I remember that one of my mother’s many sayings, when I was growing up, related to friends and went something like, “If you want perfect friends, you won’t have any.” This was often in response to my irritation at what a particular friend had done. Later, more often than not, if my mom asked me if that particular thing my friend had done was resolved, I’d have forgotten what it was altogether.
As with so many things our parents say to us, their advice often goes unheeded but comes back later in life to haunt us because of their truth. We could have saved ourselves much pain and embarrassment had we paid heed originally. My mom is probably laughing, somewhere high above, since her death two years ago, at the “fun” I’m living with thanks to my two teenagers. As she may have said, “What goes around comes around.”
My older teen basically has perfected the art of seemingly paying attention to me while singing in his head his latest favorite song. My younger one has just learned that talking back is the expected thing to do upon entering your teens, now that he’s a firm 13½. He not only talks back but also questions just about everything I ask of him.
If I could speak to her today, I would say, “Mom, I’m sorry for all those times I talked back and all those times I disregarded your wisdom that had come from your considerable life experiences. Is there any way I can turn back the clock and make it all up to you so my kids don’t have to learn the same, hard way that I did?” And to my dad, I’d say, “Dad, why didn’t you tell me more forcibly that Mom was always right? Why did you just have that funny ‘you’ll see’ smile and keep your mouth shut while always saying, ‘yes dear’?”
But enough of the self-recrimination and feeling sorry for myself. It’s just one of those ironies of life that my boys are repeating in so many ways the same mistakes my mother so diligently tried to protect me from, especially in regards to friends.
My mother had so many friends and I just didn’t learn nearly enough from watching her interactions with them. She rarely talked about herself, but instead always seemed more interested in what her friends had to say or complain about. If a friend was in any sort of need, she was there. Her patience with those friends who didn’t reciprocate was monumental in my view, as a child growing up. But, she kept most of her friends for a lifetime.
I didn’t follow her example and sadly, I’ve lost some good friends along the way when I allowed hurt feelings or a long forgotten irritation of some sort to de-rail the friendship. Fortunately, I finally did learn what my mother so wisely explained, that there are no perfect friends. We’re all fallible human beings and to have much in the way of expectations of those we care about is sometimes just setting the stage for disappointment.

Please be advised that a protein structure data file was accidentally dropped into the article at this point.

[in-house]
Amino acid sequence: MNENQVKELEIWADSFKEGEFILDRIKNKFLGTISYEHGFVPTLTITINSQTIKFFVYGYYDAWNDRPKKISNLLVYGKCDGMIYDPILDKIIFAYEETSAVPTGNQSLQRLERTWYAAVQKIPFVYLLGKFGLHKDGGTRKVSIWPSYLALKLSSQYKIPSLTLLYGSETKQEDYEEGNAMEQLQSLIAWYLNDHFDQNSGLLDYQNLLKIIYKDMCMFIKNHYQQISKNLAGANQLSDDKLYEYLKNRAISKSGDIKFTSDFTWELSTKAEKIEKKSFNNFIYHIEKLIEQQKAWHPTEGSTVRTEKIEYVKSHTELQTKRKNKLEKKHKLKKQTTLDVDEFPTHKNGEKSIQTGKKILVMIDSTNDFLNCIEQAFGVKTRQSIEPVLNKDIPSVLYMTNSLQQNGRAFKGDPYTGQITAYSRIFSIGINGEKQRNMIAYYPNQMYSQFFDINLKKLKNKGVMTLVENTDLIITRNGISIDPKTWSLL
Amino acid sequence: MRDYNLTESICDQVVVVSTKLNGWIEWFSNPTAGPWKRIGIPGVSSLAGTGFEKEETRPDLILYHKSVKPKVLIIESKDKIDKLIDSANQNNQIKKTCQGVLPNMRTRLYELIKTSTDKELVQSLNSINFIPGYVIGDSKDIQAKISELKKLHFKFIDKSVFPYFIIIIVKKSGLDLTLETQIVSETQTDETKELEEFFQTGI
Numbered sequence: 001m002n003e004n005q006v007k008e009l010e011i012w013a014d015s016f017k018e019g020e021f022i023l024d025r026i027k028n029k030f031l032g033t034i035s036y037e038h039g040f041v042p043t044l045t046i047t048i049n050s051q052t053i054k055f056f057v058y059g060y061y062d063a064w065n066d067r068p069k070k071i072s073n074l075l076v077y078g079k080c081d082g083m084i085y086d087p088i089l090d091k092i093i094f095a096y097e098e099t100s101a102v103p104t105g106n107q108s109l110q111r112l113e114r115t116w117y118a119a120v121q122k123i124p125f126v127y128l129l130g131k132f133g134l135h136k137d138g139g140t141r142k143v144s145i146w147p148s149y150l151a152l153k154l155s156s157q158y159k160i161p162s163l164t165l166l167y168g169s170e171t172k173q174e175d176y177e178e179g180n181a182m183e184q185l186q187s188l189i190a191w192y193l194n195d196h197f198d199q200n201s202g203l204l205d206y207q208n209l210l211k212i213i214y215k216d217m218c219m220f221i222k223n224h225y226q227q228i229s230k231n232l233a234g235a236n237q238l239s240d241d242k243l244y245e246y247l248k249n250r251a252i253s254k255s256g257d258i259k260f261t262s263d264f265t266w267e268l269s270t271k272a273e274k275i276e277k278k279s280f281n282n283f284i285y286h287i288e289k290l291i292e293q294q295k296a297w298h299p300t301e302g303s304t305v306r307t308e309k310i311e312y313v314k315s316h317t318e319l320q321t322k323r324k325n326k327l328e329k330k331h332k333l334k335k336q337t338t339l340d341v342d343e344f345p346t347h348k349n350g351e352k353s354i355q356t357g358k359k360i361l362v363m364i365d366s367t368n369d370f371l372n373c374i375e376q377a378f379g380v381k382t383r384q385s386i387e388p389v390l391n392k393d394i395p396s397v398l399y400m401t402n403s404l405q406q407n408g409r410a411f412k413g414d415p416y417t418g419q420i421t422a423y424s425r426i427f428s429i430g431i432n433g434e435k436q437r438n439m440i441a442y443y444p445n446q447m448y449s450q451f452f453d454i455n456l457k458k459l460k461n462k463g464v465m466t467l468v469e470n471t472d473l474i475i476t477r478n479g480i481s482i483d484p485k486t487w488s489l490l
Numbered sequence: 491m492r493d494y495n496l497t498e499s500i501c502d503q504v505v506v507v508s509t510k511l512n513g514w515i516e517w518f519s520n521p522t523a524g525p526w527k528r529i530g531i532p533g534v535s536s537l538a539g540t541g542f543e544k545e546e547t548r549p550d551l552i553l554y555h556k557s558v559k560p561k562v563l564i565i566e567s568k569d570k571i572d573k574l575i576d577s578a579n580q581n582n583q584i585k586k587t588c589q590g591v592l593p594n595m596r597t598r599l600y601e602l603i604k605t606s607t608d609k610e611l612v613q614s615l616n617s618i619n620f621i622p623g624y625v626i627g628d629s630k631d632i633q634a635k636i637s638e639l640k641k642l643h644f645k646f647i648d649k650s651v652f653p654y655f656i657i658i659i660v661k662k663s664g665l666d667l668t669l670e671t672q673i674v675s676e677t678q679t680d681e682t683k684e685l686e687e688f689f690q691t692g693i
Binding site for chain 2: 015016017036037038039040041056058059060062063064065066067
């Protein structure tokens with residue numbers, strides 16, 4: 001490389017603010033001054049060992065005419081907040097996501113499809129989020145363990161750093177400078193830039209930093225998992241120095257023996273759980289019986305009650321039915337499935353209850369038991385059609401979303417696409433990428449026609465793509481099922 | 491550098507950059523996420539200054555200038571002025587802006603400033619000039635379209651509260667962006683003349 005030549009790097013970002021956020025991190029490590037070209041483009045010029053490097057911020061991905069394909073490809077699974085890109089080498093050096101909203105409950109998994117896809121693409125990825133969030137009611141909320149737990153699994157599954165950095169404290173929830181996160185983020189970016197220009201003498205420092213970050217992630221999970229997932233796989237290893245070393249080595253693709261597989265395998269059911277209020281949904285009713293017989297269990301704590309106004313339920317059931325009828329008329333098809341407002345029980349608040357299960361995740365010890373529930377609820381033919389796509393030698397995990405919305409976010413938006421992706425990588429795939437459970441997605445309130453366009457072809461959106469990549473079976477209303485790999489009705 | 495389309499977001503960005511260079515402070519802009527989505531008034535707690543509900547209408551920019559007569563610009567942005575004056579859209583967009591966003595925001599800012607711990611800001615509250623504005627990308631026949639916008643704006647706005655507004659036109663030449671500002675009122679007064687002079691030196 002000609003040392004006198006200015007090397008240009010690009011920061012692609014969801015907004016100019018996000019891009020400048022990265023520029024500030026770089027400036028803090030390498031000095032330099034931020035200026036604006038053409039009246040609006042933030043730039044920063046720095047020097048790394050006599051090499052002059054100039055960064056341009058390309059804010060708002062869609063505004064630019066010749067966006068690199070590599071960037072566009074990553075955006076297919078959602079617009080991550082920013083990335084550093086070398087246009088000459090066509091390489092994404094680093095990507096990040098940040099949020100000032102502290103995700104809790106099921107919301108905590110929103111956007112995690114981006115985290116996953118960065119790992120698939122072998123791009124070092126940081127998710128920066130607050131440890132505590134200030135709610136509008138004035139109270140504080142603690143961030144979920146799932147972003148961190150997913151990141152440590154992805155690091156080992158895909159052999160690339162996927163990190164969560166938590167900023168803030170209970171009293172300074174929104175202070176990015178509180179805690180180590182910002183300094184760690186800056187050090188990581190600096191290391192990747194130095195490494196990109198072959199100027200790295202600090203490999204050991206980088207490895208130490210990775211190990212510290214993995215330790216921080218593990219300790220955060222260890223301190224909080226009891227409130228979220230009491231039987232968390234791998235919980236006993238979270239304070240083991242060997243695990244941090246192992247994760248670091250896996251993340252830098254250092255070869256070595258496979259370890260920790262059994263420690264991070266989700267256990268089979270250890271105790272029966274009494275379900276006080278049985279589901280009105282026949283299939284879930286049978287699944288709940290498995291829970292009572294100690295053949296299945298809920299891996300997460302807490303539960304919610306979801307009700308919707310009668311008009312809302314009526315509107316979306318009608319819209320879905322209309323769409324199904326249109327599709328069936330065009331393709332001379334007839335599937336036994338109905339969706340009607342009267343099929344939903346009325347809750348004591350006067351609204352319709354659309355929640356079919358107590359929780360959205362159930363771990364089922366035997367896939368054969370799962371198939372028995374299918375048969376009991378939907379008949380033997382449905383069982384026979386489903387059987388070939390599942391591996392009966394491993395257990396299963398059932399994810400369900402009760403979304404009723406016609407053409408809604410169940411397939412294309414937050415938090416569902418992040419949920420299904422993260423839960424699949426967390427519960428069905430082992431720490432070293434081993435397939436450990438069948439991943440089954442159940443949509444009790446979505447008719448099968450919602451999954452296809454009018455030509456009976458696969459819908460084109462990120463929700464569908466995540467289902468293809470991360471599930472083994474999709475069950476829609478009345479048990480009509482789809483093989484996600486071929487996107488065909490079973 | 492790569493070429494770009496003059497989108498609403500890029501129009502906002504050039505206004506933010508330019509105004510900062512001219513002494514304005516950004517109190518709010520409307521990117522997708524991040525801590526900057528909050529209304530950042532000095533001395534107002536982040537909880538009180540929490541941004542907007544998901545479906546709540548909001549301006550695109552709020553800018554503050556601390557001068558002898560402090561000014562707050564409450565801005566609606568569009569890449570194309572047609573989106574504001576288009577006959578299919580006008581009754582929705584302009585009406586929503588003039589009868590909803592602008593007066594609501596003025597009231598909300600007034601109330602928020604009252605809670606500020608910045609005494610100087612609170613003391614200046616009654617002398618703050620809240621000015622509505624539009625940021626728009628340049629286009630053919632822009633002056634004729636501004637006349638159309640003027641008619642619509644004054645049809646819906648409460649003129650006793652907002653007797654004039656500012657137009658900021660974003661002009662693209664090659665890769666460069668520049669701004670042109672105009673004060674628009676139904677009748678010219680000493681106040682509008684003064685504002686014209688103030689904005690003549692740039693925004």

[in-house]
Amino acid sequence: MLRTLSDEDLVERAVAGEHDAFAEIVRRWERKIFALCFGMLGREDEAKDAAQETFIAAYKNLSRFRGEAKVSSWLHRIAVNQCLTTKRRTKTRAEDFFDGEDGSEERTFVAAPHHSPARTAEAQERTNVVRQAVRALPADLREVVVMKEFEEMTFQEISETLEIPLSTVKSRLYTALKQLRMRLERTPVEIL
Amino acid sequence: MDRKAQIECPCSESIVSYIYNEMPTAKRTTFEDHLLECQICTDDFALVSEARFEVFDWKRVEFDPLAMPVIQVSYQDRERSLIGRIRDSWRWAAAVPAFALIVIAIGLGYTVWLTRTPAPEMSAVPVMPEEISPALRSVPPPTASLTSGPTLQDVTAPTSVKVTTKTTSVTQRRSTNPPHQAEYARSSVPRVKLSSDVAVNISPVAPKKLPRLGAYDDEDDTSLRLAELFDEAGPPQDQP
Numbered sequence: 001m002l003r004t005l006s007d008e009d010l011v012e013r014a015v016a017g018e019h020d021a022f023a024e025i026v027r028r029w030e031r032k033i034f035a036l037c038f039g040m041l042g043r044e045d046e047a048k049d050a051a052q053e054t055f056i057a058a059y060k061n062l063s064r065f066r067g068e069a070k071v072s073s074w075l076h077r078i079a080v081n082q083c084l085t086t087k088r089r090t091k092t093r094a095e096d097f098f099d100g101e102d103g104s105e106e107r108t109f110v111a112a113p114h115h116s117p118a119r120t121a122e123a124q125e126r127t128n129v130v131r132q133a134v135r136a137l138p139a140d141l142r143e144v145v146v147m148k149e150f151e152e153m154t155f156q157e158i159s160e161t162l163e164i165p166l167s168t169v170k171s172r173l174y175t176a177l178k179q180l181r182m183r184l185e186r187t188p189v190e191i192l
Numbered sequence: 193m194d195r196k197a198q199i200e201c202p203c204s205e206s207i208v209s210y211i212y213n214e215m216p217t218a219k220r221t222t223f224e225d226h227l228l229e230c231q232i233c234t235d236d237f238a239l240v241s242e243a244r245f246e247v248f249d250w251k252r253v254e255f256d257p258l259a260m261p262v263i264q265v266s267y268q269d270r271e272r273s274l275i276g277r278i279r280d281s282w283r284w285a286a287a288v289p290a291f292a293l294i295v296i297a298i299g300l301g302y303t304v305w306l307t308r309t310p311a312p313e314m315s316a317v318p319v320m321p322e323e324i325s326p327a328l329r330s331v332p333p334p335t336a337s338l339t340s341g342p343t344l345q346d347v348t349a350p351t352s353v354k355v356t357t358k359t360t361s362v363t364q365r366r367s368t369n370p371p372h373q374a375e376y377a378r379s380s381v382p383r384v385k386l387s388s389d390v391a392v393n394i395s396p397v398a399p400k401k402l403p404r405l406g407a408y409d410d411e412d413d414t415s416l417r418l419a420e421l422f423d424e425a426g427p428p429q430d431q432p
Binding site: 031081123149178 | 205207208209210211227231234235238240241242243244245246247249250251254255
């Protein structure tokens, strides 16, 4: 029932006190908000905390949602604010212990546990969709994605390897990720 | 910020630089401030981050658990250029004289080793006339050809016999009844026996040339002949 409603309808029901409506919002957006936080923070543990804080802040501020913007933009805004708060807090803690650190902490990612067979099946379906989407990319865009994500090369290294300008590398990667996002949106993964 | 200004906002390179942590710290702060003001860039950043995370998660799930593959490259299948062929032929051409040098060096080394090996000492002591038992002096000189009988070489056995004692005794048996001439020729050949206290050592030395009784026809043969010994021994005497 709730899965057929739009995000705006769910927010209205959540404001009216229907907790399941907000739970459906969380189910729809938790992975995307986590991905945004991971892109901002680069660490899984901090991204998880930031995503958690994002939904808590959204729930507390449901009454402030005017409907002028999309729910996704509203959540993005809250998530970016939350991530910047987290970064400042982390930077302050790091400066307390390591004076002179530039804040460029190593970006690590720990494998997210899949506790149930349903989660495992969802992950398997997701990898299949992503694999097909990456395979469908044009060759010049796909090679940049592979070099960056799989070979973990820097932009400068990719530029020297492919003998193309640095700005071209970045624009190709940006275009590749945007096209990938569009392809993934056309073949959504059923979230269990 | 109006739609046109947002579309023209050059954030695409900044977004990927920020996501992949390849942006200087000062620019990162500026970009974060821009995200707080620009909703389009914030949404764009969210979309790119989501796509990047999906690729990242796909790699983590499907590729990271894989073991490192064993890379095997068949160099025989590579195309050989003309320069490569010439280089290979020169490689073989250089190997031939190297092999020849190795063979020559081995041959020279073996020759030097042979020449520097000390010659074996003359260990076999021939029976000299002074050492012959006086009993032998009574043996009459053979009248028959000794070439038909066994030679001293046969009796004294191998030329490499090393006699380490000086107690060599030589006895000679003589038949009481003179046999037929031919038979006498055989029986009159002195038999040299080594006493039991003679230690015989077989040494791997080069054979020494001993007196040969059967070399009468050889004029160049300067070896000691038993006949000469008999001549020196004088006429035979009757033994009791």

Another wise cliché is that we don’t choose our relatives, but we do choose our friends. Therefore, their loyalty is undoubtedly sincere if these friendships have been worked on and maintained over time. Yes, life circumstances may change, but memories and comfort with each other may not. I’ve found that in some cases, the changes in our lives were too much for the friendship to survive while in the case of my best friend since 10th grade, those changes didn’t seem to matter.
For my best friend and me, our lives went in significantly different directions after college in almost every area one can think of. He got married young at 23; I stayed single until I was 39. He had three children before I even married. He chose a conventional career; I chose showbiz. He moved to the suburbs; I stayed in the city. He celebrated his 25th wedding anniversary while I celebrated my 50th birthday with divorce papers. He recently moved out-of-state; I’ve stayed put. The examples abound between us.
But, the connection we made in high school and college was true and deep. We used to think of ourselves as “Frick and Frack.” I was the crazy one; he was the levelheaded one. Those differences worked for us as I encouraged risk-taking in him, while he got me to back away from bungee jumping from that helicopter. It was a good balance.
Nonetheless, my mom’s advice regularly came to me about not expecting perfection from him. He is lousy with returning phones calls, exchanging lengthy e-mails, getting together often as our lives got busier, and other things that disappointed me. My choice, as my mother would’ve said, is to not have him as my friend due to these failed expectations and wishes of mine, or to accept him for who he is, not who I wish he were.
That is the lesson I’m trying to teach my boys regarding their friends. Will they learn from my failures in this regard and have a lifelong “best friend” as I still do or will they lose some great friends along the path of life, as I also did? My guess is that they’ll do both–just as I did–and have to learn most of these lessons themselves in spite of my best efforts to save them the pain of going through this process.
Bruce Sallan’s second book is an e-book only – “The Empty-Nest Road Trip Blues: An Interactive Journal from A Dad’s Point-of-View” – and costs a whopping $2.79 for PDF and $2.99 on Amazon/Kindle. It’s a travelogue, an emotional father-son story, and it contains 100 photos and 7 original videos. Bruce is also the author of “A Dad’s Point-of-View: We ARE Half the Equation” and radio host of “The Bruce Sallan Show – A Dad’s Point-of-View.” He gave up a long-term showbiz career to become a stay-at-home-dad. He has dedicated his new career to becoming THE Dad advocate. He carries out his mission with not only his book and radio show, but also his column “A Dad’s Point-of-View”, syndicated in over 100 newspapers and websites worldwide, his “I’m NOT That Dad” vlogs, the “Because I Said So” comic strip, and his dedication to his community on Facebook and Twitter. Join Bruce and his extensive community each Thursday for #DadChat, from 6-7pm PST, the Tweet Chat that Bruce hosts.